Here’s An Amazing Story About A Vintage Synthesizer And An Accidental Acid Trip

There is a longstanding legend that Don Buchla—a pioneer of synthesizer design and engineering who created one of the first modern commercial synths in the late ’60s, and also a well-known acid head—dipped a particular panel of those early electronic instruments in LSD, so that “the person using it could lick it to get some inspiration,” as one blogger put it in 2015. Depending on the teller, Buchla either did this habitually, or just once, to a particular instrument; often, the panel in question is said to have been painted red. Now, it seems, there is confirmation that the myth is at least partially true.

The news comes from the local San Francisco CBS outlet KPIX, based on reporting about one of the station’s own employees. An engineer named Eliot Curtis recently volunteered to restore a Buchla modular synth owned by the music department Cal State University East Bay, which had been out of commission and stowed away in a classroom closet for years. Curtis noticed a strange feeling after opening and handling a red-painted module attached to the device. From KPIX:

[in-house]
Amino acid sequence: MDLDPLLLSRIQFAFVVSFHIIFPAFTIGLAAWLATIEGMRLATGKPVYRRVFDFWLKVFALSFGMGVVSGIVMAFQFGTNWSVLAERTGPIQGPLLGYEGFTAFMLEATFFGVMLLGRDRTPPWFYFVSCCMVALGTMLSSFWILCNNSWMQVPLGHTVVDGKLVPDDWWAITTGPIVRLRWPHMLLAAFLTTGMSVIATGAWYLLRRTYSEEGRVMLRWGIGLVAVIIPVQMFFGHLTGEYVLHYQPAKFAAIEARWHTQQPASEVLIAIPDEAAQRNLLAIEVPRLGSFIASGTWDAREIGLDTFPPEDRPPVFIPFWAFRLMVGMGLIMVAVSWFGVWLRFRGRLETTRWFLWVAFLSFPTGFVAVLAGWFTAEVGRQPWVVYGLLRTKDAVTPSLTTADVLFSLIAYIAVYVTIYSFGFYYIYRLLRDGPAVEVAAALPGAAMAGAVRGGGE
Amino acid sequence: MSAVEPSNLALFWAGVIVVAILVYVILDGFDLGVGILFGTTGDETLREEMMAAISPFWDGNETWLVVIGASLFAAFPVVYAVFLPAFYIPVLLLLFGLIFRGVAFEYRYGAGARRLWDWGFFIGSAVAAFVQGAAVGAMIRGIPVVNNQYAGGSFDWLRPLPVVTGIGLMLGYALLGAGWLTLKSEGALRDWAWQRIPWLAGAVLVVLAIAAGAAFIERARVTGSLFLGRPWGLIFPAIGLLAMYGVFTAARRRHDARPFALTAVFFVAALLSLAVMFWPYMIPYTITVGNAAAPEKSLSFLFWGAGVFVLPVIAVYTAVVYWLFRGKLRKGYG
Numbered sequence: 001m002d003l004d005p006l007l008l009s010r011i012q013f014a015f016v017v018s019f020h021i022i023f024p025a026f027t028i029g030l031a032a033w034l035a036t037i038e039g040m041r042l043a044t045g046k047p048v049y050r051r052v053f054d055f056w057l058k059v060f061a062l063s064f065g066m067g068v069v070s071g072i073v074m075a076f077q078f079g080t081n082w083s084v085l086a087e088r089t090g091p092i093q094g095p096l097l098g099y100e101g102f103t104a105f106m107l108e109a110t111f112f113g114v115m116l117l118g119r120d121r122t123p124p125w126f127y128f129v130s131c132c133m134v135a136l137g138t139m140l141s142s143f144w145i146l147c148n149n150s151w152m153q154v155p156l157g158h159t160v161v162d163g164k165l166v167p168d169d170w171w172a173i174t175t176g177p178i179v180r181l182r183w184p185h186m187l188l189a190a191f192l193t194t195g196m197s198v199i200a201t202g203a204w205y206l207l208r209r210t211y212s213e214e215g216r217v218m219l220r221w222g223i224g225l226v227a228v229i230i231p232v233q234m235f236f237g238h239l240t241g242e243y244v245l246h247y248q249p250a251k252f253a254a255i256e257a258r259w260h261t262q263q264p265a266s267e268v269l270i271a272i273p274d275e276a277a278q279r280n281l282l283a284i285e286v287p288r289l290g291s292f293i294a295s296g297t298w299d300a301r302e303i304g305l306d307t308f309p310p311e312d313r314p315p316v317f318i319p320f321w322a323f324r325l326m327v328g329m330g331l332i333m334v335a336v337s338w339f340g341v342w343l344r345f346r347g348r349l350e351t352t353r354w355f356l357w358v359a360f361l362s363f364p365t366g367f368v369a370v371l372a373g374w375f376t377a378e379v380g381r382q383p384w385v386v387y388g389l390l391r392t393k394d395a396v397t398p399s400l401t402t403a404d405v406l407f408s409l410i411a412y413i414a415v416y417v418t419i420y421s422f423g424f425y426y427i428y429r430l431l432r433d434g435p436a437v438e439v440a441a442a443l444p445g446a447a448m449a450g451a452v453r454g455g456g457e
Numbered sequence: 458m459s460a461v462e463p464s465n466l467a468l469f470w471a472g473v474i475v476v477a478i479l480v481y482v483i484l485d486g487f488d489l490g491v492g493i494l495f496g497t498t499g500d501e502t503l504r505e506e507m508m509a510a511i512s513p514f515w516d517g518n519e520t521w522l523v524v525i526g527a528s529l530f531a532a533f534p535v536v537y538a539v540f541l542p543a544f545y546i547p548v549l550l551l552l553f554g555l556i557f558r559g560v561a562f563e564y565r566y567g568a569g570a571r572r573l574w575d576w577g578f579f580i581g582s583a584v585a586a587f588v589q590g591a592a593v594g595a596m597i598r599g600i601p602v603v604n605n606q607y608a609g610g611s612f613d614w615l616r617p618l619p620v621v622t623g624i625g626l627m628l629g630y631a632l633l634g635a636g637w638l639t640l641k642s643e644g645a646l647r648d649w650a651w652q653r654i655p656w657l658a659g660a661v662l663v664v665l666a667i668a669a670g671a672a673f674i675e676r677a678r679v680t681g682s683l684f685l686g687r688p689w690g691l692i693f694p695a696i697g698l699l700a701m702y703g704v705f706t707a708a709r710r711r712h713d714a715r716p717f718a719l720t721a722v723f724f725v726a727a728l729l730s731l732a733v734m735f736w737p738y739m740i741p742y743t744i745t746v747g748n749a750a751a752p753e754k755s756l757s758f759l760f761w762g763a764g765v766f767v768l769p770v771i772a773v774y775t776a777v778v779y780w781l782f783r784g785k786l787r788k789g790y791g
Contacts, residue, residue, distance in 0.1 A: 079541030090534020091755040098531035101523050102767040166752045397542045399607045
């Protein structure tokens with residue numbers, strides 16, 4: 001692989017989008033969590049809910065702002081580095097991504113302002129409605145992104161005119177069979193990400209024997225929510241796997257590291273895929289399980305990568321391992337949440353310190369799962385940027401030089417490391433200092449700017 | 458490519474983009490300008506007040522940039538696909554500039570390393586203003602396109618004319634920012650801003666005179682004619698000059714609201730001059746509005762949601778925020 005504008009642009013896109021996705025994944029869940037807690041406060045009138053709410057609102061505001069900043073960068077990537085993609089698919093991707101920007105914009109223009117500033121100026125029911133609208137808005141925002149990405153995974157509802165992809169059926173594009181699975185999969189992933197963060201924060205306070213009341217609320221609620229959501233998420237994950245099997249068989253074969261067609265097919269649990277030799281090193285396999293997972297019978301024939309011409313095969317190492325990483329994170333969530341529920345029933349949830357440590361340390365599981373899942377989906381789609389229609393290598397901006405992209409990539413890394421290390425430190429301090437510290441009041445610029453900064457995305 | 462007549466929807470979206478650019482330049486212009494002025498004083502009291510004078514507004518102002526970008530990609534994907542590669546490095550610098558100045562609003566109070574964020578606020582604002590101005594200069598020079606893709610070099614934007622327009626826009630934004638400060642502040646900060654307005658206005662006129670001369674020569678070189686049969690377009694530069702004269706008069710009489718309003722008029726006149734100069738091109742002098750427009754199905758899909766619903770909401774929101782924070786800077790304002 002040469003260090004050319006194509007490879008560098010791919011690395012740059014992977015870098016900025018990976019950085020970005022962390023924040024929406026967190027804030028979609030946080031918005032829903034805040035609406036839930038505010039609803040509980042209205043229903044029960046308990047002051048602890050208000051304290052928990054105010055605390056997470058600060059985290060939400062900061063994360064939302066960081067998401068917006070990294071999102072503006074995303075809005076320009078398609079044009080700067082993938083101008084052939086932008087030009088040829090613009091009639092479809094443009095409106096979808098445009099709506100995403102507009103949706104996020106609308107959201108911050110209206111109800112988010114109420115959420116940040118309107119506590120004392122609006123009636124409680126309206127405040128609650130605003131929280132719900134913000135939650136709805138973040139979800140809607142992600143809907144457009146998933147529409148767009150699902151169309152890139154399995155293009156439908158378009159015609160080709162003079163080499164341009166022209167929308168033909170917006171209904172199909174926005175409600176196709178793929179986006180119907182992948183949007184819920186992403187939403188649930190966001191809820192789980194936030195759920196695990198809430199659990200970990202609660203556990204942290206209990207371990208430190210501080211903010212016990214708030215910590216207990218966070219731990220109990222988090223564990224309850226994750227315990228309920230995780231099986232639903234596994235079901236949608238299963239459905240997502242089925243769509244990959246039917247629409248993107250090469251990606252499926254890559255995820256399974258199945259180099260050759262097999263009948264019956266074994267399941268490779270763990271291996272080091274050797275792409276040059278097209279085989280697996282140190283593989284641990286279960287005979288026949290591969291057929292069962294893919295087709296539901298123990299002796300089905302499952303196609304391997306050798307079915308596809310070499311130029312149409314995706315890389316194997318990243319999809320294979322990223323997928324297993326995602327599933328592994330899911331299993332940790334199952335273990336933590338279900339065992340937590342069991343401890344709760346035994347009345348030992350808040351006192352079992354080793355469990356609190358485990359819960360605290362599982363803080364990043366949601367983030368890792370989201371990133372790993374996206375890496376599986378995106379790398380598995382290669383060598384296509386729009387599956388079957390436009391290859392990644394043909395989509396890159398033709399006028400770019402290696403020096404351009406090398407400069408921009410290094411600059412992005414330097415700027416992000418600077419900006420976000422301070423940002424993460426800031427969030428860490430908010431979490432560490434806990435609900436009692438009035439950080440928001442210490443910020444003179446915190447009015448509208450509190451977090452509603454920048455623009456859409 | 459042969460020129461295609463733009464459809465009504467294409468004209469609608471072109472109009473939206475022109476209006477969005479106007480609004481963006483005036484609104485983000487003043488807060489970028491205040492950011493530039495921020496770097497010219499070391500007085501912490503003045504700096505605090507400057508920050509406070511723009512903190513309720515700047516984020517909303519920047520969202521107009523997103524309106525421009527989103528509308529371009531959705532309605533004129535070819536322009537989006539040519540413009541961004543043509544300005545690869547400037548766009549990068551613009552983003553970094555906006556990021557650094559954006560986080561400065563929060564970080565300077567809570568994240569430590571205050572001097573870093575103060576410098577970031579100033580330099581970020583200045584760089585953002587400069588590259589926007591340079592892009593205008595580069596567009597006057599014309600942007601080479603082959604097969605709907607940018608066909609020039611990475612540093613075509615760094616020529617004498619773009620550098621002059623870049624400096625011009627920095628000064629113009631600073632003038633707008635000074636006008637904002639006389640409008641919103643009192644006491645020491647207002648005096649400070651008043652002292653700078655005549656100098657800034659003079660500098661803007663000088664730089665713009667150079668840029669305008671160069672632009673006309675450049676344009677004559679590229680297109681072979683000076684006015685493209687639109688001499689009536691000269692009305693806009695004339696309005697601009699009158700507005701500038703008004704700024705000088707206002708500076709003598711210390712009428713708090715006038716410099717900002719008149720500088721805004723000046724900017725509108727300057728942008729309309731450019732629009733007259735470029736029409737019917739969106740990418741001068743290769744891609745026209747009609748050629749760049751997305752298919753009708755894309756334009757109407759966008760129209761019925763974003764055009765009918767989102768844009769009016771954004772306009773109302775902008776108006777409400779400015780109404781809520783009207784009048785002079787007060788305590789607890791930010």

During his repair work, Curtis opened the module and saw something stuck under a knob.“There was like a residue … a crust or a crystalline residue on it,” said Curtis.

He sprayed a cleaning solvent on it and started to push the dissolving crystal with his finger as he attempted to dislodge the residue and clean the area.

About 45 minutes later, Curtis began to feel a little strange. He described it as a weird, tingling sensation. He discovered this was the feeling of the beginnings of an LSD experience or trip.

The sensation lasted roughly nine hours.

According to KPIX, “three individual chemical tests” identified the crystalline substance as LSD, which is known to keep its potency for years if kept in a cool and dark place like a closet. It’s unclear how exactly the acid got into Curtis’s system. KPIX posits that he could have ingested it through his skin—a transmission method that acid enthusiasts tend to loudly disagree about: whether it’s even possible, or what herculean quantity of LSD you’d have to come in contact with to feel any effect. It also seems plausible that he touched the substance with his hands and unthinkingly put his hands in his mouth.

Either way, we hope he had a good trip. You can read the whole KPIX story here.

This article originally appeared on Spin.